50. “The chimpanzee study was—well, it’s still going on, and I think it’s taught us perhaps more than anything else to be a little humble—that we are, indeed, unique primates, we humans, but we’re simply not as different from the rest of the animal kingdom as we used to think.”

51. “I learnt from my dog long before I went to Gombe that we weren’t the only beings with personalities. What the chimps did was help me to persuade others.”

52. “Chimps are very quick to have a sudden fight or aggressive episode, but they’re equally as good at reconciliation.”

53. “Chimps can do all sorts of things we thought that only we could do—like tool-making and abstraction and generalisation. They can learn a language—sign language and they can use the signs. But when you think of our intellect, even the brightest chimp looks like a very small child.”

54. “When you meet chimps you meet individual personalities. When a baby chimp looks at you it’s just like a human baby. We have a responsibility to them.”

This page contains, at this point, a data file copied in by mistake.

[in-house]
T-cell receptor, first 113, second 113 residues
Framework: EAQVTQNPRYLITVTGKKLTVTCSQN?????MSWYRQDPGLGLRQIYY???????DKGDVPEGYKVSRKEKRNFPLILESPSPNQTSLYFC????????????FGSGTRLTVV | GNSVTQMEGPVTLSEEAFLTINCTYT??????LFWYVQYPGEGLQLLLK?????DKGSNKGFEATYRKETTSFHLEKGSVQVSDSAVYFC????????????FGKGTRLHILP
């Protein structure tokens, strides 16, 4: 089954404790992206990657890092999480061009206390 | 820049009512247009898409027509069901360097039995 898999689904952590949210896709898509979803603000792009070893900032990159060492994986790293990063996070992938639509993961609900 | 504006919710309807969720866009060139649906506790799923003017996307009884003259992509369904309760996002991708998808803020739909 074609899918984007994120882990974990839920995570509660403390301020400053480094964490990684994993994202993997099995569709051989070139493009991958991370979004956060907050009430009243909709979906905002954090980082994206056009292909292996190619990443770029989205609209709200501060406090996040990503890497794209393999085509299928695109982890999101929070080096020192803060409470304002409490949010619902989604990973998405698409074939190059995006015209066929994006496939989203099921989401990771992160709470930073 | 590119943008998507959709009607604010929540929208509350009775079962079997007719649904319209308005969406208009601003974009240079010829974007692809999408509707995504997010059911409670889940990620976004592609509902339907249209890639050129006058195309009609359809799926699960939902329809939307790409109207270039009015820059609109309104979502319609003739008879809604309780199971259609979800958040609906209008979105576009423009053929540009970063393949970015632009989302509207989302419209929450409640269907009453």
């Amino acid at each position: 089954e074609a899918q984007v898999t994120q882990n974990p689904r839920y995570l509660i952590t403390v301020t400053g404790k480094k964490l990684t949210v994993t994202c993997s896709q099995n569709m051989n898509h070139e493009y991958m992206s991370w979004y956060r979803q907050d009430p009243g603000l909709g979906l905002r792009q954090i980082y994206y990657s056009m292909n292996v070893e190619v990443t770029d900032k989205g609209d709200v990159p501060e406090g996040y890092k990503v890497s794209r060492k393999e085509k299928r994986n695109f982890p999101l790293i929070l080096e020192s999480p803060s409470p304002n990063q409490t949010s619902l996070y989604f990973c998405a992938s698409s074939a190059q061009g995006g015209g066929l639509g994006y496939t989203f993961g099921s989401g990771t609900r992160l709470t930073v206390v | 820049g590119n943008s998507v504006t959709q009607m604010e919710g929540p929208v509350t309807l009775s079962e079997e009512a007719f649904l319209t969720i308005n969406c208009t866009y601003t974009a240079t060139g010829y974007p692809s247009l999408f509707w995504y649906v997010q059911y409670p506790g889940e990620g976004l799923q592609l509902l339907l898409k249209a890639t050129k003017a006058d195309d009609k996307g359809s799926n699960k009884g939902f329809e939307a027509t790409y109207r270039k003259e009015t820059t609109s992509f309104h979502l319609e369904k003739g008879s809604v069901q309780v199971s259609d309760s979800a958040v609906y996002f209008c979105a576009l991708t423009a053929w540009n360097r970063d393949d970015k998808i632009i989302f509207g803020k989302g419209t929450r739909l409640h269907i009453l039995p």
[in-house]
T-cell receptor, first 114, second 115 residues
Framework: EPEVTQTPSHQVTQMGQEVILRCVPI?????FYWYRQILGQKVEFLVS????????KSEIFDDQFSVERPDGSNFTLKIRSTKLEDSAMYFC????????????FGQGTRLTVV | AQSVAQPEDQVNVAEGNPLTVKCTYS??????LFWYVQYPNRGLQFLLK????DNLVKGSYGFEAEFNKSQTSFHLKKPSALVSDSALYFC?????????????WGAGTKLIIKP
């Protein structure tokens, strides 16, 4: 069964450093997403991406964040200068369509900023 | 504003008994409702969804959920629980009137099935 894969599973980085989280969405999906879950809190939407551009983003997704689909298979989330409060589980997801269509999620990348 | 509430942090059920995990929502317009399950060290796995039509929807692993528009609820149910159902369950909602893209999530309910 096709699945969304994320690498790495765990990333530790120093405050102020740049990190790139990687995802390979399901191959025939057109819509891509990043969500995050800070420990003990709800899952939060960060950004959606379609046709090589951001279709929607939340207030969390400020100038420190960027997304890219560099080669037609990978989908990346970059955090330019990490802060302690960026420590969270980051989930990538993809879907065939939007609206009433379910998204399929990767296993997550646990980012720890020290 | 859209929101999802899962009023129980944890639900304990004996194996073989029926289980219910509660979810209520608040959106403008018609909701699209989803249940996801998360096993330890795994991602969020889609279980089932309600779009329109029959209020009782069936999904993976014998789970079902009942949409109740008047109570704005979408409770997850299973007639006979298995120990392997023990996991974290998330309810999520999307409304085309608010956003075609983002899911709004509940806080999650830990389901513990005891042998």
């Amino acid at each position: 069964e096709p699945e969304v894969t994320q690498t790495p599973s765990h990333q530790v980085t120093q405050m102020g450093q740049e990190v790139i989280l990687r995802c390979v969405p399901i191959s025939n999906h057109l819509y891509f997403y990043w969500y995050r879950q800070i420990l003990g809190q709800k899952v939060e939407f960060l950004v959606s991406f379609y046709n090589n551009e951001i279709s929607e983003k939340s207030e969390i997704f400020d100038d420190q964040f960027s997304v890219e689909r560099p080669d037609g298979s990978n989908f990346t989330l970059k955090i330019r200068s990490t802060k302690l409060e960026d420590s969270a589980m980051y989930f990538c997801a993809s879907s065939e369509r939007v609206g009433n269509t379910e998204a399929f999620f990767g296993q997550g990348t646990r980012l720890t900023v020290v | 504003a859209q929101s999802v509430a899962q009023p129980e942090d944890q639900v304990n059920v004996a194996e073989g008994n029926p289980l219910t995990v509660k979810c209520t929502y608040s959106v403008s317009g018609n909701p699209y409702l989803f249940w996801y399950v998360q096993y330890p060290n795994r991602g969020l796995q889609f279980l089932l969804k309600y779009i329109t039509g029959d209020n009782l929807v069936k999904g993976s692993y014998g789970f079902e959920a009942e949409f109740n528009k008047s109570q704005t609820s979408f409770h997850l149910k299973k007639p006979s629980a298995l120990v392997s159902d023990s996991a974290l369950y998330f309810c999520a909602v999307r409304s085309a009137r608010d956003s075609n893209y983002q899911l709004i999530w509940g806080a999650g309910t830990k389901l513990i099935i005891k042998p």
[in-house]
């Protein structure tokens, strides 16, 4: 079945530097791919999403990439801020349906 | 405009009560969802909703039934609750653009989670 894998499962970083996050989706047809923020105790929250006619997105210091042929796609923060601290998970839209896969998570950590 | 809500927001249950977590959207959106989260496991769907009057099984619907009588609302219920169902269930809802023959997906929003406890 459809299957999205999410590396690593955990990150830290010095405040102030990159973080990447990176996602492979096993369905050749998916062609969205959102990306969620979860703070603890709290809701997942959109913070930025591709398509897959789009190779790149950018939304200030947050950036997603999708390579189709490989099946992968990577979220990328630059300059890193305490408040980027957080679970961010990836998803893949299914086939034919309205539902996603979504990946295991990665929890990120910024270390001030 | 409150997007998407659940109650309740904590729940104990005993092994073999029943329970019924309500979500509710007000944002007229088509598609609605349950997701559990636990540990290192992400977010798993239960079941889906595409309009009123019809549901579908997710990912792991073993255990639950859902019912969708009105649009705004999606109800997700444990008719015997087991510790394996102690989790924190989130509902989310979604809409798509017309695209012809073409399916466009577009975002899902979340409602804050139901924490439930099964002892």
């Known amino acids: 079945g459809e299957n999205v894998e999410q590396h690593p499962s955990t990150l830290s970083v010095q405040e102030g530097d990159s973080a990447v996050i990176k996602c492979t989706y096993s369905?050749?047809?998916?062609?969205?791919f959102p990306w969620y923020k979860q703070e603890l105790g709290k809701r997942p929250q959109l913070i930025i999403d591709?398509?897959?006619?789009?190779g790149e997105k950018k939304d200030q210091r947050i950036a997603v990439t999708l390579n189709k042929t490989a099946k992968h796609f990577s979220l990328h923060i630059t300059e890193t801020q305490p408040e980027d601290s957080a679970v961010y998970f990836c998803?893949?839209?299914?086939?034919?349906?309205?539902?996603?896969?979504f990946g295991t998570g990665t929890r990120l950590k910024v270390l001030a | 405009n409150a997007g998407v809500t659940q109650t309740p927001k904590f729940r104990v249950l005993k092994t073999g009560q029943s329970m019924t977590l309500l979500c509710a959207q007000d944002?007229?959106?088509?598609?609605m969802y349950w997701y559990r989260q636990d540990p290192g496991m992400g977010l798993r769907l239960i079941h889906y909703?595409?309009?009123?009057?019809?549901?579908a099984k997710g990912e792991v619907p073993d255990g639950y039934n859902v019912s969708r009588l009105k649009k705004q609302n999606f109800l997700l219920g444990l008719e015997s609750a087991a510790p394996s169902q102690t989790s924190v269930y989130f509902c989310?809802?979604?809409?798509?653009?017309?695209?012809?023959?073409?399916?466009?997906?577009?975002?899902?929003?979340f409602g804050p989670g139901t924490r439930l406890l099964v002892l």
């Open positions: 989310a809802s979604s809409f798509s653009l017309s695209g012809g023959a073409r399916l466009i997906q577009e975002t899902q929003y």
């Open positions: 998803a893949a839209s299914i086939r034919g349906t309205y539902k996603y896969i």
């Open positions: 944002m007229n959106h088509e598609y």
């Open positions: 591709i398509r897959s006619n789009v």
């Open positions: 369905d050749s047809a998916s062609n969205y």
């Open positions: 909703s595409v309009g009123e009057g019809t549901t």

55. “Every single day, we could be in a motorcar accident, so, we have to carry on with our lives, and not imagine terror around every corner.”

56. “Our brains are fully capable of controlling instinctive behaviour. We’re not very good at it though, are we?”

57. “And I thought how sad it was that, for all our sophisticated intellect, for all our noble aspirations, our aggressive behaviour was not just similar in many ways to that of the chimpanzees. It was even worse. Worse because human beings have the potential to rise above their baser instincts, whereas chimpanzees probably do not.”

58. “Terrorism is usually fuelled by poverty, and the fanatical faith of the terrorists who truly believe that the more people they kill who do not subscribe to their faith, the greater their reward in heaven.”

59. “I don’t think that faith, whatever you’re being faithful about, really can be scientifically explained. And I don’t want to explain this whole life business through truth, science. There’s so much mystery. There’s so much awe.”

60. “I think anything is better than war. The extent to which one can negotiate with fanatics, I have no idea. I don’t know.”

61. “It’s knowing what can be done that gives people the courage to fight.”